Pratyahara is the 5th limb of the 8 Limbs of Yoga, as described in The Yoga Sutras of Patanjali. It’s translation means “withdrawal of the senses”, but I prefer a more practical and modern view of it as Mastery of the Senses.
Modern yogis live embedded in the world, and very seldom live as renunciates. However, controlling our appetites, our urges, and our carnal desires is very much a part of living our hatha yoga.
Let’s take a practical look at Pratyahara, and see how we can incorporate this Limb of yoga into our practice, and into our lives.
Mastery of the Senses
Pratyahara is inseparable from discipline. Without discipline, you cannot obtain pratyahara, and the pursuit of this limb marks a turning point in a yogi’s path. Where the first 4 limbs (Yamas, Niyamas, Asana, & Pranayama) could be approached and explored nearly simultaneously, pratyahara is elusive to most yogis who do not cultivate discipline in their practice of the first 4 limbs.
Here is a brief overview of the first 4 Limbs of the Yoga Sutras:
Yamas are described as ethical observances, or rather ways in which we should behave in the world in order to maintain a clear conscience. Adherence to yamas requires a yogi to consider if their actions cause harm, their intentions or words are truthful, they are considerate of others’ time and possessions, they are overindulgent in sensual pleasures, and to be aware of not taking more from this world than what is necessary.
Niyamas are about how a yogi views the world from an internal perspective. Adherence to niyamas requires a yogi to consider if their thoughts and intentions are pure, to practice being content, to strive for self discipline, to spend time with inner study & self reflection, and to surrender that which is out of our control unto something greater than our own immediate needs – to see beyond ourselves, and to a bigger picture.
Asana is the poses or the physical practice of yoga. Asana is the first foray into yoga for most Western yogis. At first we wrongly assume that yoga is about the perfection of these poses, and we spend a great deal of time trying to become stronger, more flexible, and more open in these shapes. However, after many years of practice, we start to understand that asana is more about the discipline of returning to our mats day after day, week after week, month after month, and year after year. We strive to gain control of our ego, which is a double edged sword. When we struggle in our shapes, it tells us that we are not good enough, that we are less than, and inadequate; and when we excel in a posture, the ego suggests that we are special, advanced in our practice, and defined by what shapes we can attain. We have to be diligent not to fall into this trap. The key point that we can learn from asana is that we must show up on our mats and in our lives – To Simply Bring Your Best Effort to All That You Do!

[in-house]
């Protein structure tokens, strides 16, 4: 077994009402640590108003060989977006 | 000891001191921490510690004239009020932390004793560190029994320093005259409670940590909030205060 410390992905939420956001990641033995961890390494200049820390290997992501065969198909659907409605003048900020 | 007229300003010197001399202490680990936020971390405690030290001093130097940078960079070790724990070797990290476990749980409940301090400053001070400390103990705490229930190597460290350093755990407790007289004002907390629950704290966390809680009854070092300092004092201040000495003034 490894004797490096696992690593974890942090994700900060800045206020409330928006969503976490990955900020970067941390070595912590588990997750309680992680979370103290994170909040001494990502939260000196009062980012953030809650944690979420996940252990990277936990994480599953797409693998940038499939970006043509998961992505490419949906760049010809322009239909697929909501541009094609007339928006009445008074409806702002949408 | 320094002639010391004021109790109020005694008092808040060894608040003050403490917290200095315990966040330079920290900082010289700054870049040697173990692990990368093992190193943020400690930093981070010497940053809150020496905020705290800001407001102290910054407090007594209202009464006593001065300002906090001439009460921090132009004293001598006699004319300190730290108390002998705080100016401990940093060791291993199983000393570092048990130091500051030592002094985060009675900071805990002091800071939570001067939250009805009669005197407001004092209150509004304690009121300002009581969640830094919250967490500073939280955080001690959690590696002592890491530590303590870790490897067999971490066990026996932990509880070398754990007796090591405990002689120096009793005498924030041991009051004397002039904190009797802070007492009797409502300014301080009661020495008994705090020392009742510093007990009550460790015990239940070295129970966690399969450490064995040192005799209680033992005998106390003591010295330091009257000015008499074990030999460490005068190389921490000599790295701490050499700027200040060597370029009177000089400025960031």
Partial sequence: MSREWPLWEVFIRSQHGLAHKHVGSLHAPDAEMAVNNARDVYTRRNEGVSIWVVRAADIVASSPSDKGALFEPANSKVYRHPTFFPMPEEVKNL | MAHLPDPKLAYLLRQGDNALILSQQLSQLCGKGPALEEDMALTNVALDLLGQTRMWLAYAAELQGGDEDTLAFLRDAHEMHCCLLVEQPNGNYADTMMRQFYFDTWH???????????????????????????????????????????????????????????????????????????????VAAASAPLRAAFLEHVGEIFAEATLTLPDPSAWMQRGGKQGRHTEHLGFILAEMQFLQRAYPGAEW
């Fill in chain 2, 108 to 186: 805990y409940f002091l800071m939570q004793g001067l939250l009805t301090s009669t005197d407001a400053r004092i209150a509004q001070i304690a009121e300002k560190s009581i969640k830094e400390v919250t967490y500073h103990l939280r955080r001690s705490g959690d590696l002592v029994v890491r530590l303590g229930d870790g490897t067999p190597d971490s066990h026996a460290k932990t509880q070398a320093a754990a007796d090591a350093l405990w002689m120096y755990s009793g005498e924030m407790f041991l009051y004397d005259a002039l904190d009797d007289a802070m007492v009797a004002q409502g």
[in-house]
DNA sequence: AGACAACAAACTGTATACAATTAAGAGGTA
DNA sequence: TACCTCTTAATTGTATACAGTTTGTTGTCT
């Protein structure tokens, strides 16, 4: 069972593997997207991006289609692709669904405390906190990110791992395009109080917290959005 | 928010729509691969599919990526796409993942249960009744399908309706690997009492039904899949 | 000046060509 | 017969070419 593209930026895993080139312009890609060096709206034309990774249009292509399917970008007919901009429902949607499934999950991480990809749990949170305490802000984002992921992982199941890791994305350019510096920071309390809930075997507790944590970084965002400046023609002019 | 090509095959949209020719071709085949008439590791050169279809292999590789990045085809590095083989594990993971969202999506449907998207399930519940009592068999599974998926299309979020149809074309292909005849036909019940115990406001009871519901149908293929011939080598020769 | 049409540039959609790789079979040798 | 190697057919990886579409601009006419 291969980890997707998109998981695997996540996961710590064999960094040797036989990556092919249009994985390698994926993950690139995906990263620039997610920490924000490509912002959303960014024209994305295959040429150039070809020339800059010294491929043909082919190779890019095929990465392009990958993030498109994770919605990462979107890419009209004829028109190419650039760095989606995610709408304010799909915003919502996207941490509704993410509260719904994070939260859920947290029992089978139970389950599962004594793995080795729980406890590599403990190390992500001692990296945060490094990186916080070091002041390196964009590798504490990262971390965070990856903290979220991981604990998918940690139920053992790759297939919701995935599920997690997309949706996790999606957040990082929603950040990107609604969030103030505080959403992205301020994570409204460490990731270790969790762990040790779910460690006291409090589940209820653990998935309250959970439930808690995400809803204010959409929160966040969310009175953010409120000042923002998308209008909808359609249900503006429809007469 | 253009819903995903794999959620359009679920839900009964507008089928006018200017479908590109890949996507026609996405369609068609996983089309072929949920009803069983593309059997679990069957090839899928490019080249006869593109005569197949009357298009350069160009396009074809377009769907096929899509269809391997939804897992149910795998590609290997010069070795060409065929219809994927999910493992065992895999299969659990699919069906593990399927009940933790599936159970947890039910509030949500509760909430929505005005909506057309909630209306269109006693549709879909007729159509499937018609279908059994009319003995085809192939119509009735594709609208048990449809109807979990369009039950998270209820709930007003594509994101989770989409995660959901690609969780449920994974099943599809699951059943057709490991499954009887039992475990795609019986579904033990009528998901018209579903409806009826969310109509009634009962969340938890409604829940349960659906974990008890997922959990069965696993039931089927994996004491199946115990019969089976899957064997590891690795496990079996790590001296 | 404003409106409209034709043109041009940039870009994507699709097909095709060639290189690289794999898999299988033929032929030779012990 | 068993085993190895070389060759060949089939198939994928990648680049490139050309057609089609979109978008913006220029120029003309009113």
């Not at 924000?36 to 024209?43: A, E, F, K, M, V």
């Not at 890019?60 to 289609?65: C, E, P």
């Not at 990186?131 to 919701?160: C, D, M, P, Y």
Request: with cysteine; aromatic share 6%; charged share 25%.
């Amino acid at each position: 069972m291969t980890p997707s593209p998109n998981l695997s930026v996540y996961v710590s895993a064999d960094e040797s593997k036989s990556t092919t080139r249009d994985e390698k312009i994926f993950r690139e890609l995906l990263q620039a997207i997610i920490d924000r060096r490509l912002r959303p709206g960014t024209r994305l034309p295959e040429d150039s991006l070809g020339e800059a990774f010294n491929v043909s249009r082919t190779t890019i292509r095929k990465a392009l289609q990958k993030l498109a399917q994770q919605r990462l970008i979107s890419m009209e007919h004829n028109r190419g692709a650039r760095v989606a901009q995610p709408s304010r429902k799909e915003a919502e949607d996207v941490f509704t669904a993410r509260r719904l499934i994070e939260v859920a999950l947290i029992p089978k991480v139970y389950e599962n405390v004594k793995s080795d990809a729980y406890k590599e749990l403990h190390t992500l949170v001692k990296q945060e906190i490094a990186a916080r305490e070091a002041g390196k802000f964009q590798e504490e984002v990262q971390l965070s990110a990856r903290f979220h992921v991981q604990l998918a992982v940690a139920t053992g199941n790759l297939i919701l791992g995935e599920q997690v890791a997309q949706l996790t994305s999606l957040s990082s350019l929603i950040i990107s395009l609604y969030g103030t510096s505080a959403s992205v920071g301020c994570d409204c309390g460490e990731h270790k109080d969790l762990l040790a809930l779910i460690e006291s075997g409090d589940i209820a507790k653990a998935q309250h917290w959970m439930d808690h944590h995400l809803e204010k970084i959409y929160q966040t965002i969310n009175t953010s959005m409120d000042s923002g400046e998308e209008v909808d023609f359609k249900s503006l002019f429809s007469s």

Pranayama is yogic breathing practices, and more specifically, control of our life force. Through practice of pranayama, a yogi learns about subtle manipulation of energy, and begins to understand the relationship of all living things. Pranayama allows us to see that our actions and the energy that we extend from ourselves affects others, just as the actions of others affects us. This allows us to observe that what we do and how we react to what others do, matters.
When you can live with a clear conscience, and develop strong self discipline, you truly cultivate self control.
In B.K.S. Iyengar’s insightful, and masterfully translated take on the Yoga Sutras of Patanjali, “Light on the Yoga Sutras of Patanjali”, he asserts that “Through the practices of yama, niyama, Asana, and pranayama, the body and its energy are mastered. The next stage, pratyahara, achieves the conquest of the senses and mind.”
Patanjali goes on to describe that once you cultivate pratyahara as a result of the practice of the first 4 Limbs of Yoga, then you lay the foundation for accessing higher aspects of your consciousness. This is true sadhana – spiritual exercises aimed at the ultimate expression of life in this reality.
When the yogi understands themselves fully, they are uninfluenced by pleasure or pain, and they can allow their awareness to flow with peace and poise in a state of virtue.
With absolute synchronicity of thought and action, the yogi is freed from material limitations of time and space, and this can generate extraordinary powers.
Mystical Yoga Powers